Beware: your mouth muscles may never recover from the jovial laughter to be had at University of Cincinnati CCM’s production of The 25th Annual Putnam County Spelling Bee. With a dynamic cast and louder-than-life theatrics, this show is sure to put a smile on your face, have your magic feet tapping, and rip your heart out in the best way.
The 25th Annual Putnam County Spelling Beepremiered in 2005 and sets the trials and tribulations of adolescents in spelling bees to a sweeping score and hilarious book. Throughout the bee, we meet Rona and Panch, the adult bee moderators, and six distinct spellers. These six, Olive, William, Logainne, Chip, Marcy, and Leaf, range from a boy scout to a perfectionist, and throughout the show, we get to see their triumphant spelling mixed with their backstories. What may sound childish teeters the line between hilarity and sincerity in a way that has you laughing to tears. ‘The I Love You Song,’ in particular, shifts the comedic gravitas to introspection, and gives us a stellar three-part harmony.
There’s the multi-linguist, overachieving Marcy countered by the shy and sweet Olive. Chip, the boy scout, has an unfortunate problem with random erections, while Logainne learned everything she knows from her gay dads. Then there’s Leaf, whose siblings are also named after the outdoors, juxtaposed to William, an uptight, mucus-filled rule-follower. There are even audience members as spellers, who we watch comically interact with the cast. The distinct characters mirror so many facets of what it means to be a kid, and make for hilarious, if not cringe-worthy, moments we can all relate to.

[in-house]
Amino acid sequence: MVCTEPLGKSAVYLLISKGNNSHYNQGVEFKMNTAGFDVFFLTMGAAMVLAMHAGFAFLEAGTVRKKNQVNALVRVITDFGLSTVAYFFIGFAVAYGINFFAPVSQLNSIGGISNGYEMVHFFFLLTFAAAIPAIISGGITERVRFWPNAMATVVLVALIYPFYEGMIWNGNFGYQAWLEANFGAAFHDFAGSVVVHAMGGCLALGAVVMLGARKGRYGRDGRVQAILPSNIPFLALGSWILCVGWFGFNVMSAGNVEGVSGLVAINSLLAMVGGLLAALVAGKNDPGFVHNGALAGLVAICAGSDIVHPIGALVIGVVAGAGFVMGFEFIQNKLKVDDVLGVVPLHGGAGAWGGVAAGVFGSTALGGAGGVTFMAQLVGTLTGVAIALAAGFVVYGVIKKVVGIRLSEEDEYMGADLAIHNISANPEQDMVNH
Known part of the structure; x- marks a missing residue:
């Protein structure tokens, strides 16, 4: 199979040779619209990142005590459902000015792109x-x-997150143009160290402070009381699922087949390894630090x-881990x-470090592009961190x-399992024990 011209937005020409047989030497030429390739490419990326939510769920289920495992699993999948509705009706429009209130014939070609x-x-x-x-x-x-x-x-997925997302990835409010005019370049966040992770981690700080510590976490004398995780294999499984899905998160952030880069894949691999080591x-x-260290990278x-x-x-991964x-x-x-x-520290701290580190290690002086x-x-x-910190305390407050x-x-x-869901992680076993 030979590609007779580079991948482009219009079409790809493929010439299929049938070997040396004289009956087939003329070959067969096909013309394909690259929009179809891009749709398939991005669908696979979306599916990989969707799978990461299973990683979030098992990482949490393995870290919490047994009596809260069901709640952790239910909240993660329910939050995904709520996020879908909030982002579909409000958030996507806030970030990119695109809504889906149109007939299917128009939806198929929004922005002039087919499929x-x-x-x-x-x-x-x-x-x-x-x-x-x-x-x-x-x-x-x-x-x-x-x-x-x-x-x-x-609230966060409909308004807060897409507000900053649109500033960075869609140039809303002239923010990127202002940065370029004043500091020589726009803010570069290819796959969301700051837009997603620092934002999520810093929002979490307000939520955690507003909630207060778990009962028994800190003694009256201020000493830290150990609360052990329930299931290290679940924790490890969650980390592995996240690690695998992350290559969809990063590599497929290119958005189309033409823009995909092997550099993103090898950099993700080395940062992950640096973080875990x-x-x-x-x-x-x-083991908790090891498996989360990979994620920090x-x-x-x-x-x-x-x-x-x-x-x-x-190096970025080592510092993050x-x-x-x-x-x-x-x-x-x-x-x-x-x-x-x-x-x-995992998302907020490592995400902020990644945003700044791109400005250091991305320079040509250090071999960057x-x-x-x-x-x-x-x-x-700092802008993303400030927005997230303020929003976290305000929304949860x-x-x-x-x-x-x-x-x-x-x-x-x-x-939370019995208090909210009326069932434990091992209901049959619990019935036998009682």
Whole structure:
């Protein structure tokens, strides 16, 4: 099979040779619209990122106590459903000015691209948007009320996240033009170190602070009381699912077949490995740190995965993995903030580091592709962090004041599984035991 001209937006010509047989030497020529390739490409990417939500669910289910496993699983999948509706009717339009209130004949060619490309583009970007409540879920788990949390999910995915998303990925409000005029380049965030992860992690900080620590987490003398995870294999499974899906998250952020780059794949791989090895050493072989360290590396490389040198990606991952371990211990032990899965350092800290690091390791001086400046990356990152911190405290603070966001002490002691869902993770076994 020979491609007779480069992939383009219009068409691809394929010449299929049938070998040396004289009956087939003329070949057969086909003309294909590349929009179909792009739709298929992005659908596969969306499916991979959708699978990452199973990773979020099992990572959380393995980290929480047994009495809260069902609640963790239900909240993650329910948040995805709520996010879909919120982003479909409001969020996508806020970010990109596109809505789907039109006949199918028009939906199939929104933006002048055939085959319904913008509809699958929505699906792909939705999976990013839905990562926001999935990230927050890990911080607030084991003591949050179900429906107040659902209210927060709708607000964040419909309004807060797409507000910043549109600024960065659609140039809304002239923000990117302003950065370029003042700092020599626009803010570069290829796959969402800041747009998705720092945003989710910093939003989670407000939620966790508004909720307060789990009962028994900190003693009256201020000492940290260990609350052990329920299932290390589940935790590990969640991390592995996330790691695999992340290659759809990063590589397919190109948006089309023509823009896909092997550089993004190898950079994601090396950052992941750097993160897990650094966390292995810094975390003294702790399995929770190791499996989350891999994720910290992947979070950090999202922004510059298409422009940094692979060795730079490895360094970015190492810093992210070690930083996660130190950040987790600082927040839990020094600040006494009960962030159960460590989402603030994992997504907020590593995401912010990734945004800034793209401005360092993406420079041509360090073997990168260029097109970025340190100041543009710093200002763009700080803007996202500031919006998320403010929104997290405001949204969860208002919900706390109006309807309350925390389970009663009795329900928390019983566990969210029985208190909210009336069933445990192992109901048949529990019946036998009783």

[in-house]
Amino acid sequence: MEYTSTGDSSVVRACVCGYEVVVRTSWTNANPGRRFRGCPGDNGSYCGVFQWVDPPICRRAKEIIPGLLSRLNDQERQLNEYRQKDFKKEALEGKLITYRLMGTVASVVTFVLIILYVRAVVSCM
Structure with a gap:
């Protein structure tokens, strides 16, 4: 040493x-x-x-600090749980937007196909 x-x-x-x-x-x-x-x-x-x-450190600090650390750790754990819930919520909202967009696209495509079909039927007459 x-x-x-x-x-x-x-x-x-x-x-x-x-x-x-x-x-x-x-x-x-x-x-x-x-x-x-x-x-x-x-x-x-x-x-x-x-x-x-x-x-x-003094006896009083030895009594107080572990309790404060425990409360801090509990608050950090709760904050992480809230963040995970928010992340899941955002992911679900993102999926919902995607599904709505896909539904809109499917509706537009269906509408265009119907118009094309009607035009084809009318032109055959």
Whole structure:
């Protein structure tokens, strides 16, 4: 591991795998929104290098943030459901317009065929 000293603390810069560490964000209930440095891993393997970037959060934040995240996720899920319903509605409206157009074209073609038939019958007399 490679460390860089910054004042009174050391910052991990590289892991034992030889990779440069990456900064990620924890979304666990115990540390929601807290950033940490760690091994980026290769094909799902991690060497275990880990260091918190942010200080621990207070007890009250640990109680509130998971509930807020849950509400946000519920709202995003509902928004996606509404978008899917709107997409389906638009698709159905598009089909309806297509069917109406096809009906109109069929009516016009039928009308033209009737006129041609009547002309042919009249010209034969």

Performances in Spelling Bee
As Rona and Blanch greet you in the lobby, the auditorium is filled with antics. One speller is desperately saving a seat for her absent father, and another is scootering across the lobby. It is clear–the fun starts at the door. Rona, played by Julia Schick, and Principal Blanch, played by Dan Klimko, are hilarious as moderators, and chew up the scenery with their contrasting dynamic. The most impressive moment of the show comes, though, from Sam Yousef, playing the comfort counselor Mitch. His stratospheric vocals have to be heard to be believed, and come in handy several times, including the aforementioned ‘I Love You Song.’
Regarding the spellers, each has a particular moment that cements their performance as stellar. From Logainne, played by Amanda Bishop, kneeling during the pledge of allegiance, to William, played by Nicholas Pattarini, and his magic foot antics, the physical comedy is half the fun. Marcy, played by Annalise Prentiss, can sing and jump rope simultaneously, and Chip, played by Andrew Burke, milks every tantrum to no avail. He even throws a bag of chips at an audience member when he is demoted to candy salesman–a true commitment to character.
Leaf, played by Joey Baccioco, emulates the anxiety and curiosity of his character, and acts with his entire body, moving almost like a human pretzel as he falls, jumps, or shuffles. However, it is Olive, played by Madison Osment, that has the true emotional pinnacle of the show. Her vocals are spot-on, but it is her genuine emotional range that makes her performance so affecting.
The show has a very clear-cut direction, by Chaz Walcott, from the wall dressings to the actors’ huge characterizations, and it fits the space nicely. The set, designed by Regan Densmore, features all the hallmarks of a middle school gymnasium, down to the basketball hoop and American flag, made more intimate thanks to the studio theatre space.
With such a lower-key technical show, the lighting design had room to shine, literally. Designed by Jessica Drayton, the exterior and overhead lighting pair well to create colorful stage pictures. During more fantasied moments, such as ‘Magic Foot,’ there is a dynamic array of lighting gobos and fast-paced cues that match the high pace of the script. The costumes, designed by Corey Cochran, help fill this colorful stage and differentiate from adult and child characters. There’s even a Jesus with golden wings that unfurl, if you can’t tell the show goes places.
Consistently remembered as one of the most hilarious musicals, Spelling Bee is a gleaming spark of joy during this bleak time of year. The dedication to characters and the combination of many moving elements create a small, but mighty day at the theatre. It is truly a testament to the power of student theatre, even if it does feature the word ‘apoop.’ Bonus points if you can spell chimerical after, too.
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